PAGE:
Dan MacClellan's conclusions can be applied more widely. Have a look at the large collection of photos here. Look for the star pattern, the marginal dots, the marginal rectangular pattern, the stylized palm tree, the odd paleo-Hebrew script. Are there any readable plates that don't have some of these features? The published photographs show a collection of inscribed plates that share many features and are clearly a single cache to which the one with the fake Greek text belongs.

I do note that in this picture there are two metal plates that look like scrolls rather than codices. Tom Verenna has suggested here that they look like lead curse scrolls. I have not worked with such scrolls myself, and in any case the scrolls are not readable. It is within the bounds of possibility (not probability) that a couple of genuine ancient lead curse scrolls have been mixed into this collection of fakes. I doubt it, but I can't say for sure without good, readable photographs of those particular plates.

With that one caveat, we can say with confidence that the metal codices whose pictures are available thus far are fakes.

Ancillary evidence:

3. In general, the iconography of the codices looks suspiciously like it was taken out of context from ancient resources available today. See here and here.*

4. Including a coin that itself is a modern fake.

5. Steve Caruso has also published script charts on the basis of which he argues that the "Hebrew" script is an odd combination of different Aramaic scripts from different provenances.

6. The "Hebrew" text doesn't make any sense. Code or gibberish? Given the above, I vote for gibberish.

7. I realize that at least some of the metal itself may be ancient, but such metal is available, so, given all of the above, that is not a persuasive argument in favor of genuineness. If some of the metal is ancient, in the highly unlikely and not-yet-argued event that some of it also has ancient markings on it, this in no way obviates the fact that the plates and their inscriptions and iconographic markings as they stand now are fakes.

The metal codices are crude fakes. If the new lot in the hands of the Jordanian Government are from the same cache with the same features, they are fakes too.

Background here etc. etc.

(*One should not make too much of the suspicion that the crocodile mold was made using a modern plastic toy, but it would be interesting to have a look at ancient crocodile iconography to see if the obvious resemblance is a coincidence or not. And to look at modern plastic toy crocodiles to see if one is an exact match to the relief in the plate.)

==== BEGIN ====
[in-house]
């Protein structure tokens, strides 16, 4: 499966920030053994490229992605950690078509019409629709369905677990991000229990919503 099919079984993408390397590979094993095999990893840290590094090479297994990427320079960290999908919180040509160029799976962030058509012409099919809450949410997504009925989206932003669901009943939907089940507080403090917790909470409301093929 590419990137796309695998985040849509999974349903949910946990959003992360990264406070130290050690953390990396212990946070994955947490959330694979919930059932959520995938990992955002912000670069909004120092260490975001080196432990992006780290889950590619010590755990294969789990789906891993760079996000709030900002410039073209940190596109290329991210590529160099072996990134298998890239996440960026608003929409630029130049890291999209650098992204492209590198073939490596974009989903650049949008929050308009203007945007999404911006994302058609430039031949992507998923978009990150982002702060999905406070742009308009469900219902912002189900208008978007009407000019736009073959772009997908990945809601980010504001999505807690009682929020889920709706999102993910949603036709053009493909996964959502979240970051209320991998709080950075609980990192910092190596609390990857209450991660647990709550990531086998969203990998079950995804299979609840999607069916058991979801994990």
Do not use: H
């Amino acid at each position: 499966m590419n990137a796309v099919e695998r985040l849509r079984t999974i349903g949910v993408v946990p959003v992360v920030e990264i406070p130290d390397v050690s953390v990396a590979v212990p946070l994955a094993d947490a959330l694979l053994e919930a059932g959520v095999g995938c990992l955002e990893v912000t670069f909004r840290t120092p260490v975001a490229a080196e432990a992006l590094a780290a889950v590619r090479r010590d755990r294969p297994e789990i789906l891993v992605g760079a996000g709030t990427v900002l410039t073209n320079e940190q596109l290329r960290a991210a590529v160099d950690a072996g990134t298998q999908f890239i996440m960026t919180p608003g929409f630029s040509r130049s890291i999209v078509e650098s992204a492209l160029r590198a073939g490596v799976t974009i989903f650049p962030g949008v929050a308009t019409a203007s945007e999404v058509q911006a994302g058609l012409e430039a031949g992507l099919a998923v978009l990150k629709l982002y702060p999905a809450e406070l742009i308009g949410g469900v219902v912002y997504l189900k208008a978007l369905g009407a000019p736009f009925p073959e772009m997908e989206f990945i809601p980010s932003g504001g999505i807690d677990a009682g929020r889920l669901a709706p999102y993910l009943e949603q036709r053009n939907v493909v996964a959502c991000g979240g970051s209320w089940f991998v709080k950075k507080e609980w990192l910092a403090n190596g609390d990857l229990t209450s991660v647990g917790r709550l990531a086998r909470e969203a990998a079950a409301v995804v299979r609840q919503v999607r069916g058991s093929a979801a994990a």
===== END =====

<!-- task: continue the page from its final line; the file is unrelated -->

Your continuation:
More on the new Jordanian metal codices

FAKE METAL CODICES WATCH: More on those "ancient manuscripts" recovered in Jordan:
Experts examining 'old Christian' discoveries to determine authenticity

By Taylor Luck
(Jordan Times)

AMMAN - Jordanian antiquities authorities have announced the recovery of several lead-sealed texts which they believe will prove whether a cache of metal books represent the oldest Christian writings ever discovered are authentic or well-crafted forgeries.

According to Department of Antiquities Director Ziad Saad, security services recovered this week several metal books from the local black market belonging to a horde of metal codices which some believe hold the secrets of early Christianity and could soon to be at the heart of an international dispute.

Upon examination, the recently recovered books were deemed to be identical to a set of 70 lead-sealed metal texts currently in the possession of an Israeli bedouin which authorities announced last month were illegally excavated from a cave in northern Jordan a few years ago, Saad said.
If they are identical to that highly publicized cache of metal codices, then they are fakes.
The location of the discovery, a series of caves near the east bank of the River Jordan near the village of Sarhan, and preliminary testing carried out by British experts dating the codices to the early first century AD, have set off speculation amongst the biblical academic community that the lead-sealed texts may be the earliest Christian writings ever discovered.